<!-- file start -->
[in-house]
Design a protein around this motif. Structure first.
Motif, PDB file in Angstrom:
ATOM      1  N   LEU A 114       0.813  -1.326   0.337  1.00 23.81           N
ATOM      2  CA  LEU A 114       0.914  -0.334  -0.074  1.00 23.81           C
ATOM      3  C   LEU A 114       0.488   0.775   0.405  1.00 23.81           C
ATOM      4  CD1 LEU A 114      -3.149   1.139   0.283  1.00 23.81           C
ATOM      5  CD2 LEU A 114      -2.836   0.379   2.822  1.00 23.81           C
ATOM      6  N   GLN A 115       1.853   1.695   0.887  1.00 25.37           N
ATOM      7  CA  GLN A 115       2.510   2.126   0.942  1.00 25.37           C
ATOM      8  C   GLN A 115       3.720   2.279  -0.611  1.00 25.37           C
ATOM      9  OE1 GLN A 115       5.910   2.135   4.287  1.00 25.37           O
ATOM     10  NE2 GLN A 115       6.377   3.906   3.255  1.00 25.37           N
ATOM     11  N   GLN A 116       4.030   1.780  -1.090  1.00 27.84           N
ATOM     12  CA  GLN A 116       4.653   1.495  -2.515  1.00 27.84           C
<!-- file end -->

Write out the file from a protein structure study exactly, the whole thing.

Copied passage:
[in-house]
Design a protein around this motif. Structure first.
Motif, PDB file in Angstrom:
ATOM      1  N   LEU A 114       0.813  -1.326   0.337  1.00 23.81           N
ATOM      2  CA  LEU A 114       0.914  -0.334  -0.074  1.00 23.81           C
ATOM      3  C   LEU A 114       0.488   0.775   0.405  1.00 23.81           C
ATOM      4  CD1 LEU A 114      -3.149   1.139   0.283  1.00 23.81           C
ATOM      5  CD2 LEU A 114      -2.836   0.379   2.822  1.00 23.81           C
ATOM      6  N   GLN A 115       1.853   1.695   0.887  1.00 25.37           N
ATOM      7  CA  GLN A 115       2.510   2.126   0.942  1.00 25.37           C
ATOM      8  C   GLN A 115       3.720   2.279  -0.611  1.00 25.37           C
ATOM      9  OE1 GLN A 115       5.910   2.135   4.287  1.00 25.37           O
ATOM     10  NE2 GLN A 115       6.377   3.906   3.255  1.00 25.37           N
ATOM     11  N   GLN A 116       4.030   1.780  -1.090  1.00 27.84           N
ATOM     12  CA  GLN A 116       4.653   1.495  -2.515  1.00 27.84           C